Hallowe'en at home is like like spending Valentines with an old flame - Stephen Jardine

The pandemic is teaching us so much.

The pandemic means we should have a more traditional Hallowe'en this year.
The pandemic means we should have a more traditional Hallowe'en this year.

We are discovering how fragile life is and how much we rely on the people we love. We’re also finding out how unpleasant it is to wear a face mask for extended periods and how the commute to the office for all those years was a total waste of time. This weekend 2020 offers us another great learning opportunity as we discover what life is like without Hallowe’en.

Earlier this week Deputy First Minister advised us not to go guising and instead concentrate on marking the occasion at home. “That doesn’t mean Hallowe’en can’t happen”, said John Swinney putting on his special brave face mask. Except of course it does.

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Halloween as we know it is not an at home celebration.

For most people, the centre piece of Hallowe’en is the traipse around the houses exchanging badly delivered jokes and out of tune songs for sweets to boost our obesity and dental crisis. It’s a tradition that dates back to the middle ages and the practice of leaving gifts out for the wandering dead. Over time that became giving tablet and monkey nuts to Archie from number seven who turned up wearing a white sheet with holes cut for eyes.

But the sweets and the costumes were really secondary to the experience. In an age of terrors everywhere, Halloween was a rare chance to ring an unfamiliar doorbell and interact with a stranger. The reward of a few sweets represented proof that most adults are actually good people who want the best for you. That’s what we will be missing tonight.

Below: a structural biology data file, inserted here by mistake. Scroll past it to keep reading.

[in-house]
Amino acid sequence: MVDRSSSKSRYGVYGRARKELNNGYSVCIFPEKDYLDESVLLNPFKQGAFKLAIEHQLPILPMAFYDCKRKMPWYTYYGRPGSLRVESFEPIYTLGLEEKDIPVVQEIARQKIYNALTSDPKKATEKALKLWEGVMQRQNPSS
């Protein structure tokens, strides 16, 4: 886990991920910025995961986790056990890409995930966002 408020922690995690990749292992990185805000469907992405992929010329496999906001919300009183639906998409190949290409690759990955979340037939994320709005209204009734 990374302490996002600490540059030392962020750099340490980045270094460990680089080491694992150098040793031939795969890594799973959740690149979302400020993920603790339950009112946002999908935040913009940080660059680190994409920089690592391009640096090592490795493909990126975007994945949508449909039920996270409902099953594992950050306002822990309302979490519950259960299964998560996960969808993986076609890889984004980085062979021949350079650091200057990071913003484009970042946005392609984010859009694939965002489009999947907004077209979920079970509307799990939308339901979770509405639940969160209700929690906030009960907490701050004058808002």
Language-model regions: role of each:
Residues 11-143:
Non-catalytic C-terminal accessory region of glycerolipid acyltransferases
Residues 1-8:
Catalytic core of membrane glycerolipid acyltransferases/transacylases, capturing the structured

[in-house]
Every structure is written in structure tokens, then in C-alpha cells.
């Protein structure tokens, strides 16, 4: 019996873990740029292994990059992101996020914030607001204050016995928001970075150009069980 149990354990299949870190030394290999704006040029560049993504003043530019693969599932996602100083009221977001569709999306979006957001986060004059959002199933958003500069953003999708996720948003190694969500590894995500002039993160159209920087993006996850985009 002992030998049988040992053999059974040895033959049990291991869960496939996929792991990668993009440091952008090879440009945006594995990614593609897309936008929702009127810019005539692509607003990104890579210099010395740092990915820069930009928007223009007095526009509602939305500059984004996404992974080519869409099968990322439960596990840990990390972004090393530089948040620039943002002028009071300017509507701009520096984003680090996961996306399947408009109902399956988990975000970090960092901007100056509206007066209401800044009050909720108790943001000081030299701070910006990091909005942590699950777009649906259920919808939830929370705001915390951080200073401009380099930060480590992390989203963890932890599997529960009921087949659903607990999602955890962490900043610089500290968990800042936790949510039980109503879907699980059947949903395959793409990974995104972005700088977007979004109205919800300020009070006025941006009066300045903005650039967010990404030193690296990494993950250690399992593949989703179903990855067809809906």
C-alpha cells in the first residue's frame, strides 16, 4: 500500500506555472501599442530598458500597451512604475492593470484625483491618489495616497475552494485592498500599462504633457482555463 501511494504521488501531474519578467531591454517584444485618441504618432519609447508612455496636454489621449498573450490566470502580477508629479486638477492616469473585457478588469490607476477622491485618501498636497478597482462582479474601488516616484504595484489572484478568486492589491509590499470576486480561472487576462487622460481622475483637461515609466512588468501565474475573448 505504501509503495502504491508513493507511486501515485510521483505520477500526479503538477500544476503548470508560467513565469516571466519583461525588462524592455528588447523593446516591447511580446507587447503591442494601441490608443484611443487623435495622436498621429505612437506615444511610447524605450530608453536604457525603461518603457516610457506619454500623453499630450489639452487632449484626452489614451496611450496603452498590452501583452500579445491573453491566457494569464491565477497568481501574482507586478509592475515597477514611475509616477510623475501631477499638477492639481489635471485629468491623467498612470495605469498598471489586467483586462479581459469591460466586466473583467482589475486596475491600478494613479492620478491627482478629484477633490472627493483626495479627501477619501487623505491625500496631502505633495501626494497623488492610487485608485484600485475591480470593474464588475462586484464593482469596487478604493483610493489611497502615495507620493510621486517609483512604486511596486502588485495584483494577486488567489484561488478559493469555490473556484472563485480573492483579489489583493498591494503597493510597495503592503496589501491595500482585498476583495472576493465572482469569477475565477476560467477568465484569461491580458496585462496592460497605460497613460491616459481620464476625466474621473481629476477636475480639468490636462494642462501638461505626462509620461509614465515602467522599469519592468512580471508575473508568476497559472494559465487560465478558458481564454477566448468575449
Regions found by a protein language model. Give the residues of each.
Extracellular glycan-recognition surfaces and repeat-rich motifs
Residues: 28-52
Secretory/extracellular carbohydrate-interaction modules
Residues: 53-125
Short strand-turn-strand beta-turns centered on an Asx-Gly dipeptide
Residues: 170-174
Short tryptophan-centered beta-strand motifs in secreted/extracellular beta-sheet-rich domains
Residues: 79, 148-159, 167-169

But then there is the other side to Hallowe’en. Thanks to influences from America it has also now become an adult celebration. Last year I had the special treat of sharing the number 23 bus into town with a drunk man in a gorilla suit and his slightly less inebriated pal dressed like Freddie Kruger. Crass commercialism has taken over Hallowe’en and turned it into just another big night on the tiles. Except not this year.

Falling on a Saturday, Halloween this year should have been a massive event. Instead John Swinney says we can still celebrate in our own homes which is a bit like spending Valentines with an old flame. It’s just not what it is about. In the current circumstances, of course it is the right decision. Anything else would have risked turning Hallowe’en into a travelling Covid circus with the bowl of sweets a potential petri dish of infection.

But maybe some good will come out of it. Far away relatives can join in the fun via Zoom and dads everywhere can dust off the excruciating jokes they save for occasions like this. The kids won’t come home soaked, freezing and squabbling over who gets the pound coin donated by the flash bloke at the end of the street who is too important to remember to buy sweets.

Crucially, we will focus in on the essence of what Halloween is all about rather than what commercial forces want it to be. So dig out the old recipes for tablet and toffee apples, put Ghostbusters on the telly and get ready for a global pandemic Halloween. If that is not scary, I don’t know what is.

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